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There are many things about coatings that can be described as “fake news”. Let us take a look three myths that need to be dispelled.

Myth No 1

You can mix different brands of paint together, they’re all the same really.

We’ve all heard that it happens – and maybe you’ve seen it in practice, where workshops are trying to save some money. Or perhaps it’s simply that they’ve run out of a specific paint and still have the repair to finish. The fact is that brands of paints are all different. What’s more, they’re normally part of a system that includes primer, basecoat and clearcoat – all designed to complement each other to provide the optimum finish and warranty.

Besides the effect on performance and durability, mixing different paints means the result cannot be guaranteed. If a customer complains about a repair that has been completed using a mixture of paint brands the warranty will be void and the body shop will potentially be responsible for the full cost of reworking the repair.

Myth No 2

The more paint you apply, the more you can get away with – and the better it looks.

This couldn’t be further from the truth. Of course, the skilled and fully trained paint technicians will know the implications of this. Motor manufacturers only use the required amount of paint layers, because they understand that’s the way to get the best and most durable finish. By applying too much paint, the finish will not replicate the motor manufacturer OE finish and the more layers applied the longer it will take to cure.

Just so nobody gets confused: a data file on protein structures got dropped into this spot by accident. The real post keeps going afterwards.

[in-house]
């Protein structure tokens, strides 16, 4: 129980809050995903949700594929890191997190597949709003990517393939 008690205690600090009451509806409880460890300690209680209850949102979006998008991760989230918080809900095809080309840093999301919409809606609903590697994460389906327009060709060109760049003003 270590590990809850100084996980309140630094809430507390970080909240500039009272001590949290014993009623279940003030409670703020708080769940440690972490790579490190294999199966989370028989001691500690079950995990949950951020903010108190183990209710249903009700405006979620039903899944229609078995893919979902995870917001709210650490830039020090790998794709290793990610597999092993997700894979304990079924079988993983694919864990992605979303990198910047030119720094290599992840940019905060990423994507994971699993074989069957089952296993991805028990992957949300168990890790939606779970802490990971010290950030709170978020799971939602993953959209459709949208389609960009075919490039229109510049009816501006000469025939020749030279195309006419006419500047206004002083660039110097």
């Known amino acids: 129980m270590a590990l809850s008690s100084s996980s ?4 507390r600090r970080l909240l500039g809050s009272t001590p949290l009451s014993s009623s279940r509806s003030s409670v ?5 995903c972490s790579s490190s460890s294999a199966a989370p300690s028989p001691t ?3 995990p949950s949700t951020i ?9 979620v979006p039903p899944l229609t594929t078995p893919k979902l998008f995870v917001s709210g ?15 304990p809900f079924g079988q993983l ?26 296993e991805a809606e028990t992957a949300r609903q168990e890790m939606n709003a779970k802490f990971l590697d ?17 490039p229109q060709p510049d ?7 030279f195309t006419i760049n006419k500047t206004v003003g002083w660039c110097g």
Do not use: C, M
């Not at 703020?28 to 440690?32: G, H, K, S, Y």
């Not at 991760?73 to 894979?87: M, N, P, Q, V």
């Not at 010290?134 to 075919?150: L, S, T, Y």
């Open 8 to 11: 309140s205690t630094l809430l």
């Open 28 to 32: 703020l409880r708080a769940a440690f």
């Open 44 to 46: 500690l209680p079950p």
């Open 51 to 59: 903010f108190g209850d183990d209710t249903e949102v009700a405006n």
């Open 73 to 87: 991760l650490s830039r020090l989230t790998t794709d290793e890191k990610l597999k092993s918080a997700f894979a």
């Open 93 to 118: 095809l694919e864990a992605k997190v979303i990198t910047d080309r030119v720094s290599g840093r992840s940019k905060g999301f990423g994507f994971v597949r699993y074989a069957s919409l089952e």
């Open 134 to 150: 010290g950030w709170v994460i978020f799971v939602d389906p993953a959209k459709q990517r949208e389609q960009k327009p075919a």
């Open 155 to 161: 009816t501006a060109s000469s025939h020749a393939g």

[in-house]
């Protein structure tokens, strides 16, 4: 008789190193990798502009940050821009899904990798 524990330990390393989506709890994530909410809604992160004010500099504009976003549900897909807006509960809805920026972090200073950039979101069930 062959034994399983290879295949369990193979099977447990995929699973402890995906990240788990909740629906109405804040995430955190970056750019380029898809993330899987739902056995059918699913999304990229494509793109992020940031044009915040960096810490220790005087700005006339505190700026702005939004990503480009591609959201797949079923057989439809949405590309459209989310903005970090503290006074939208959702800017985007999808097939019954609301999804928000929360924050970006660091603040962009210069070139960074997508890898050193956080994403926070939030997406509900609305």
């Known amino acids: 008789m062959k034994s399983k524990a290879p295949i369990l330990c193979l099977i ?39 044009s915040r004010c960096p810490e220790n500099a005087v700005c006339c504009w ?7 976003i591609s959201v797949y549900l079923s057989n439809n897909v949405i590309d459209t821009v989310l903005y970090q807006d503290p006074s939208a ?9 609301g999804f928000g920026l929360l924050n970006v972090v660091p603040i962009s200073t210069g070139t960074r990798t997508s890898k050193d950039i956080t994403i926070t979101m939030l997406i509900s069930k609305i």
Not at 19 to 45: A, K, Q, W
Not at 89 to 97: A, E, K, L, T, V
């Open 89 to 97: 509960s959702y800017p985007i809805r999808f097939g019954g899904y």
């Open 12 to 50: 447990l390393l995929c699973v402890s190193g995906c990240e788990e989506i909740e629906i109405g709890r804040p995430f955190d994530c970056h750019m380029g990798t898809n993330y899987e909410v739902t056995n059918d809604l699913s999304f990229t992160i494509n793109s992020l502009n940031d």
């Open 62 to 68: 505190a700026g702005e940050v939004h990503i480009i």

At the end of the recommended bake time the paint system will not have cured sufficiently, leaving it prone to defects and rework.

By over-applying paint on a vehicle, the potential risk will increase, which can lead to numerous defects. This is especially so on body panels where excessive paint layers can mean less robust. So, when you over-apply the paint, you simply increase the problems and the cost of the repair.

Myth No 3

PPE and health regulations are more of a nuisance than they’re worth.

It’s amazing how many people are irresponsible about wearing the proper PPE and following best practice for spraying. If you’re not wearing the correct PPE for applying today’s paint materials, then you’re leaving yourself open to developing potential health problems such as asthma and dermatitis.

Another common belief is that clearance times in the spray booth are a waste of time. Far from it. If you open the booth door before the recommended time has elapsed, you’re not only putting your own health at risk, but the health of the rest of the workshop team, too. Even if you can’t see the overspray in the atmosphere, it is there and by opening the spray booth doors any overspray will be released into the workshop.

A good example of this is when the paint technicians start applying primer in the open workshop. Making decisions like this affects the health of everyone around them.

It is surprising how many people take their health for granted, especially these days when our working lives are getting longer and longer.

Hopefully this round-up of the common body shop myths will help people be more aware of what is right, and what’s certainly not. It should be a reminder to us all how to work professionally, skilfully and safely at all times.